• The lungs are remarkable instruments of air exchange. (nytimes.com)
  • The breathing muscles are unable to push all the air out of the enlarged sacs, causing stale air to accumulate and diminishing the ability of the lungs to take in freshly oxygenated air. (nytimes.com)
  • Air leaves the tiny sacs in the lungs to pass into capillaries. (biologydiscussion.com)
  • Effect of ammonia on the quantitative clearance of Escherichia coli from lungs, air sacs, and livers of turkeys aerosol vaccinated against Escherichia coli. (elsevier.com)
  • More E coli was found in lungs, air sacs, and livers of turkeys exposed to NH3. (elsevier.com)
  • Fingerprint Dive into the research topics of 'Effect of ammonia on the quantitative clearance of Escherichia coli from lungs, air sacs, and livers of turkeys aerosol vaccinated against Escherichia coli. (elsevier.com)
  • 17. True or false: Exchange of air takes place in the lungs. (syvum.com)
  • The lungs contain tiny air sacs (alveoli), which is where oxygen is absorbed. (medlineplus.gov)
  • The blood carries the larvae to the lungs, where they enter into the air sacs. (medindia.net)
  • The lungs become inflamed, and the tiny air sacs, or alveoli, inside the lungs fill up with fluid. (medicalnewstoday.com)
  • Fit and healthy lungs can supply a lot of air. (umanitoba.ca)
  • In Emphysema, the tiny air sacs (alveoli) in your lungs are damaged. (answers.com)
  • Your airways branch into tiny tubes (bronchioles) that end in clusters of air sacs called alveoli. (webmd.com)
  • Researchers at Johns Hopkins have identified a new molecular pathway involved in the growth of tiny air sacs called alveoli that are crucial for breathing. (hopkinsmedicine.org)
  • The bronchi divide into smaller airways, called bronchioles, eventually resulting in clusters of tiny air sacs, called alveoli. (curejunction.com)
  • It then moves into two main branches called bronchi (one to each lung) that divide into smaller branches, the bronchioles, ending in clusters of tiny air sacs called alveoli. (nytimes.com)
  • In emphysema, the walls of the alveoli are damaged and many of the air sacs become greatly enlarged and lose their elasticity. (nytimes.com)
  • The main symptom of emphysema (the word means ''inflated,'' referring to the trapped air in the alveoli) is shortness of breath. (nytimes.com)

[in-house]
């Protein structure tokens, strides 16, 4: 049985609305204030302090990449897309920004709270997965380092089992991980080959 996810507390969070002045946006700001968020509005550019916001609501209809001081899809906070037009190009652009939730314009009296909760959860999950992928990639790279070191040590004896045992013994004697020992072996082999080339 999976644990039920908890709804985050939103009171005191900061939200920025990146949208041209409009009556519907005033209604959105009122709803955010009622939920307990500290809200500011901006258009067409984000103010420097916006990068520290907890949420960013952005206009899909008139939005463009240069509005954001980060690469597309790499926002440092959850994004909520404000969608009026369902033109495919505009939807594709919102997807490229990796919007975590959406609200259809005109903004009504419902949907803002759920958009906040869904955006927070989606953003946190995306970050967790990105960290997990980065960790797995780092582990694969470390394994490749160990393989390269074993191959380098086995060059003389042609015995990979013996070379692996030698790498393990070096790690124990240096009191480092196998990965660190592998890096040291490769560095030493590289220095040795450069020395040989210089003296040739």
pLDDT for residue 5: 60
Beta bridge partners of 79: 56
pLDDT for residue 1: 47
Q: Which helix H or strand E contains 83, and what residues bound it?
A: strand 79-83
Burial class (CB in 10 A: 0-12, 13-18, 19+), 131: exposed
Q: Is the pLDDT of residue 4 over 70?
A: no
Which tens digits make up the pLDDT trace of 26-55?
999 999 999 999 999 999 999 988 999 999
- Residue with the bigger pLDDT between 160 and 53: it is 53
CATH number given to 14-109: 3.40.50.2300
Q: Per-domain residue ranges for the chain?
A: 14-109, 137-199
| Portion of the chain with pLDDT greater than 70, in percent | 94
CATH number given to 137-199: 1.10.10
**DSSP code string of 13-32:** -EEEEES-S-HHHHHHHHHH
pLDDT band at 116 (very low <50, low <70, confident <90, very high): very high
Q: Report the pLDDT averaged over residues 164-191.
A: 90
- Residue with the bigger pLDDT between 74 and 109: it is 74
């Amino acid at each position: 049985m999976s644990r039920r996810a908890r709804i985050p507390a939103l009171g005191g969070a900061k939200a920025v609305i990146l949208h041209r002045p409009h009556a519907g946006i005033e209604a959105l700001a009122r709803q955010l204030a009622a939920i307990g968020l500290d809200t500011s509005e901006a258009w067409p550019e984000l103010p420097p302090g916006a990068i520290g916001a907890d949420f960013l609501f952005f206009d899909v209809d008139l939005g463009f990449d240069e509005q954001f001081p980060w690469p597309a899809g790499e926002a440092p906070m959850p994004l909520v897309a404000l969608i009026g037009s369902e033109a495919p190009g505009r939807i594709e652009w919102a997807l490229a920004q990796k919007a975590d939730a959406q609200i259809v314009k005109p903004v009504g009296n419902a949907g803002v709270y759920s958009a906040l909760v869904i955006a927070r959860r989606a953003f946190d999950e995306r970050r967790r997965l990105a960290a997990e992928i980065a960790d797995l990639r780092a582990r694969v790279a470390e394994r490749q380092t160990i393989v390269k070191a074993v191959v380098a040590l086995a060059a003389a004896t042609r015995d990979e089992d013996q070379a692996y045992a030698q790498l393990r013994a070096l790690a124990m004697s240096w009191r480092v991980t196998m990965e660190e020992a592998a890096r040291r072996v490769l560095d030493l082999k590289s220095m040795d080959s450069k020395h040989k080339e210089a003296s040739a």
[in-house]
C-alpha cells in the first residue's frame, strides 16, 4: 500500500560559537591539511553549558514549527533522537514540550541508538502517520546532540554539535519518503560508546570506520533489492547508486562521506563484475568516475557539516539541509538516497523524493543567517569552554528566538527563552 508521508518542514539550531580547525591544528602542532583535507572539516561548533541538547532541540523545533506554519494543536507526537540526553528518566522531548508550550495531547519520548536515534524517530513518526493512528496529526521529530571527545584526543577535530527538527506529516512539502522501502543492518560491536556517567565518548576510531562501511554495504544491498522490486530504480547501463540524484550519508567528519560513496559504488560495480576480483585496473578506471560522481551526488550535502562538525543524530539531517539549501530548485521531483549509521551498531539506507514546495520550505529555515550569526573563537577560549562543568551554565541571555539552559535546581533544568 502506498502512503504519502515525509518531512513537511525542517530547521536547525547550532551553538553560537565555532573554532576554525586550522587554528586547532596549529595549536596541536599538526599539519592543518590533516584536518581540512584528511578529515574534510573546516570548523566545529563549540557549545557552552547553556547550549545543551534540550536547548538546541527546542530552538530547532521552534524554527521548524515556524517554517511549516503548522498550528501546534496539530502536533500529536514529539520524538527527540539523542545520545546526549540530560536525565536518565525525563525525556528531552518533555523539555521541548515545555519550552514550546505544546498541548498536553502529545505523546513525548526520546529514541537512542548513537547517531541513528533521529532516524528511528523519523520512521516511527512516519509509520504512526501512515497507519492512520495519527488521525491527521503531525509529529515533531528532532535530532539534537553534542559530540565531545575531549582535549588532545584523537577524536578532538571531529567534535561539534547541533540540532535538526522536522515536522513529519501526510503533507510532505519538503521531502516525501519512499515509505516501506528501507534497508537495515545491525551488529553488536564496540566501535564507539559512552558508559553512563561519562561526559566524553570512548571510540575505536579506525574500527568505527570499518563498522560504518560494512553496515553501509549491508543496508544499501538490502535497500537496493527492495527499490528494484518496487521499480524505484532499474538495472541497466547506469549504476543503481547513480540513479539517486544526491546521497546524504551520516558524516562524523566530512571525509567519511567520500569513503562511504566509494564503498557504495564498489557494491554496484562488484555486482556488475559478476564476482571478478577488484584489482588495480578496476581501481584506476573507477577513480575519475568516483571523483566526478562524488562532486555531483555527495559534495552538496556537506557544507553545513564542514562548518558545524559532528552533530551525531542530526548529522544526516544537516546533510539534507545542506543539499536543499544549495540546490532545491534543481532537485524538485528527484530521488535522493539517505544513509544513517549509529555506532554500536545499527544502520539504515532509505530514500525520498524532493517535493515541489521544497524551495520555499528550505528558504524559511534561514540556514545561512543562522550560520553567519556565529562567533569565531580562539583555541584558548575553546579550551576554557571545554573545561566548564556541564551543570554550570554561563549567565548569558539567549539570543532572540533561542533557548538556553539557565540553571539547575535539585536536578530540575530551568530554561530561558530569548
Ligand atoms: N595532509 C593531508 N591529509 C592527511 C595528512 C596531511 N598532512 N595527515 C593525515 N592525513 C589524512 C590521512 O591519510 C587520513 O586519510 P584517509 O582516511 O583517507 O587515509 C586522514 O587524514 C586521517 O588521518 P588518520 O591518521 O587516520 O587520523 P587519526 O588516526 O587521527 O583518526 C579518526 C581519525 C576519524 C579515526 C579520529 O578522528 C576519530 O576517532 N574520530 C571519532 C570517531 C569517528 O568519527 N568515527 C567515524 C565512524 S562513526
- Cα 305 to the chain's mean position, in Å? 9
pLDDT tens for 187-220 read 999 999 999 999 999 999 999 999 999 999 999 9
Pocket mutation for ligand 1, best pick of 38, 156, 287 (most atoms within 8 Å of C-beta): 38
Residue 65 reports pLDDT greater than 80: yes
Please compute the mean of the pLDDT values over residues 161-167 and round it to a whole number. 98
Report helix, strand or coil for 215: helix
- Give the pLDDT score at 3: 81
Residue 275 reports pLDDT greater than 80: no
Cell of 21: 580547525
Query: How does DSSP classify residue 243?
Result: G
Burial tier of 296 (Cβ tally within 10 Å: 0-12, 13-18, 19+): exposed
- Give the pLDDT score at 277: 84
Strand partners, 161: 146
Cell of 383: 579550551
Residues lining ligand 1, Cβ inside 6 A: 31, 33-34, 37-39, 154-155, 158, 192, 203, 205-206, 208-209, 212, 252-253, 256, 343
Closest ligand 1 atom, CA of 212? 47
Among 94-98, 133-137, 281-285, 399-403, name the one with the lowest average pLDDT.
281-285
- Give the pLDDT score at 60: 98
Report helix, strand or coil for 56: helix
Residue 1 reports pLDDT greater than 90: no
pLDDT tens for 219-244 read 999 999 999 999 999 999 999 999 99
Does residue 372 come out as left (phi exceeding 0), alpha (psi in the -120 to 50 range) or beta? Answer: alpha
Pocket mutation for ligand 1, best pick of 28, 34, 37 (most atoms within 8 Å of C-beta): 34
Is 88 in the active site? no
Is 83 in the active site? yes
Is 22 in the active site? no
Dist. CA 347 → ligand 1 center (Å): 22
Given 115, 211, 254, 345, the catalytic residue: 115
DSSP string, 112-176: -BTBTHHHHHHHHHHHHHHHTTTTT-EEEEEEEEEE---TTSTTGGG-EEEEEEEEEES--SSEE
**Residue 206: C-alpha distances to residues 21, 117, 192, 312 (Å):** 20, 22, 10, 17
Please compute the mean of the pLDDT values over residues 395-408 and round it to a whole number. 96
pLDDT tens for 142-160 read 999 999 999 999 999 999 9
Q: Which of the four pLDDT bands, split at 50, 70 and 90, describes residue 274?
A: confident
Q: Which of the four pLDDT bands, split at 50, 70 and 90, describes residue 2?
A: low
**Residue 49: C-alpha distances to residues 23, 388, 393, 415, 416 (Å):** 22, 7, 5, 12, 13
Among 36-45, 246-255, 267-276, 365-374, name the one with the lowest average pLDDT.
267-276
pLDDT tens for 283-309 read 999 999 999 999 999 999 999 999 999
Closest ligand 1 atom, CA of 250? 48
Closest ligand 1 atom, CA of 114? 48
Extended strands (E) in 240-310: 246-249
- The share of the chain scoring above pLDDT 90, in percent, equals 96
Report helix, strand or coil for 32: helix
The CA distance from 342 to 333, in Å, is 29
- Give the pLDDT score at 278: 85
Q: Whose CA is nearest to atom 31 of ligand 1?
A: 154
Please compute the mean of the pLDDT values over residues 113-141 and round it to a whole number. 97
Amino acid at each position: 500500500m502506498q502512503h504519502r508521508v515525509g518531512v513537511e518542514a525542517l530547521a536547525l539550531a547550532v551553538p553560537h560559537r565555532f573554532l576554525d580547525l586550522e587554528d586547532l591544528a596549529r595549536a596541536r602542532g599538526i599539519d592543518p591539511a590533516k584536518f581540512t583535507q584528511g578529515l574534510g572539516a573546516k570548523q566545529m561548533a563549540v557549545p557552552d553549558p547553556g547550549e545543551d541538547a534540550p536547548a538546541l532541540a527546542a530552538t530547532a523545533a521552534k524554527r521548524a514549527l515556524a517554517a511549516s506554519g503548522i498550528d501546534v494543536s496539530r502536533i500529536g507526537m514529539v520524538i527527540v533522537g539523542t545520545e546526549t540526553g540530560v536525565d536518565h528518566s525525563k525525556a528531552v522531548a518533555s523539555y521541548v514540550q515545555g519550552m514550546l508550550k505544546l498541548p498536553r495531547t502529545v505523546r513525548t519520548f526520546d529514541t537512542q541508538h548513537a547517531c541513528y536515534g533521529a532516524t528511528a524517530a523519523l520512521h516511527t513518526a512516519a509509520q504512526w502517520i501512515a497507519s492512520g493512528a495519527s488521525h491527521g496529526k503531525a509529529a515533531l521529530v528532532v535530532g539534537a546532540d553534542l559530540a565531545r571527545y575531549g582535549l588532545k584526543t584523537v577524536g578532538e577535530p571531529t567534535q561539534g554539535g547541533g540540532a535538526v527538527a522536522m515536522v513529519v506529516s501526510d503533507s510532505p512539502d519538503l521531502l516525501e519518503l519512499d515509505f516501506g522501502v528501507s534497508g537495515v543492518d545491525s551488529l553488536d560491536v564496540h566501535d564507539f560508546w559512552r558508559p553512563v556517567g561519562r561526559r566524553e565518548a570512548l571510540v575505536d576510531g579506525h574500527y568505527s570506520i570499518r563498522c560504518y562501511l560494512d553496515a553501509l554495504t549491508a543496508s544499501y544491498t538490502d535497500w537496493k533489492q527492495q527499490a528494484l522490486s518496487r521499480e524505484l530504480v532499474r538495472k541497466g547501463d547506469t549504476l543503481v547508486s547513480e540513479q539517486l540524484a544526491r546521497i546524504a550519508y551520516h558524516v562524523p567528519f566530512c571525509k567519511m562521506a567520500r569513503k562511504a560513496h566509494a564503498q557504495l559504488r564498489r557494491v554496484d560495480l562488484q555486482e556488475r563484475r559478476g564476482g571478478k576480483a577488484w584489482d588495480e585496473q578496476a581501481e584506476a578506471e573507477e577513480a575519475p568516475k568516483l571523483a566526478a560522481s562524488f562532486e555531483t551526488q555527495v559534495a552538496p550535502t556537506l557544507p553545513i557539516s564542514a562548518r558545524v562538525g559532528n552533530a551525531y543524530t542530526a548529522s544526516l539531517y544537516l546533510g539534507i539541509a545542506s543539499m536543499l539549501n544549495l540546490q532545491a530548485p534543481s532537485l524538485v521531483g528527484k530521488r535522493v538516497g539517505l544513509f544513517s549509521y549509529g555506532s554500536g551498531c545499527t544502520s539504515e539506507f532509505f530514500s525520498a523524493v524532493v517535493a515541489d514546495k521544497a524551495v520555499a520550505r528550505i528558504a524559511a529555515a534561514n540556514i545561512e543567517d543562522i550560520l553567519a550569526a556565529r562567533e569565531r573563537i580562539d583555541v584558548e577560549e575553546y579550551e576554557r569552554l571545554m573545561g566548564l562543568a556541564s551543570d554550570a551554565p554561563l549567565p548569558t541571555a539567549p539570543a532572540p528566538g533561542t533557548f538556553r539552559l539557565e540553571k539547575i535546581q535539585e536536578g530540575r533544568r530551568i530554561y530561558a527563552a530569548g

• I reckon there has to be some kind of material out there in this wild, wonderful world that would be up to the task - or perhaps we could make the sacs organic and construct them of the same stuff as alveoli which are by necessity gas permeable. (halfbakery.com)
  • Finally, air reaches the alveoli, or air sacs. (umanitoba.ca)
  • Feeling this was not right, took to another vet who did 3 x-ray views and said cat had collapsed trachea, a enlarged air sac and emphysema. (vetinfo.com)
  • Air sac generally refers to an organ or portion of an organ containing air within an animal's respiratory system. (wikipedia.org)
  • Patterns of postcranial skeletal pneumatization (PSP) indicate that pterosaurs possessed components of a bird-like respiratory system, including a series of ventilatory air-sacs. (royalsocietypublishing.org)
  • The air-sacs of extant birds form a critical component of the avian respiratory system, permitting flow-through ventilation and exceptionally efficient gas exchange ( Duncker 1971 ). (royalsocietypublishing.org)
  • refers to pockets in the respiratory system of birds that hold air and allow them the ability to fly and the buoyancy necessary to do so. (petmd.com)
  • The accumulation of air under the skin of a bird looks like an oversized inflated balloon and affects their respiratory system. (wagwalking.com)
  • Air sac mites affect the whole of the respiratory system. (pethealthinfo.org.uk)
  • Parrots, along with many other birds, have an internal organ called an air sac, part of their respiratory system. (omlet.us)
  • argued against the presence of air sacs in dinosaurs. (wikipedia.org)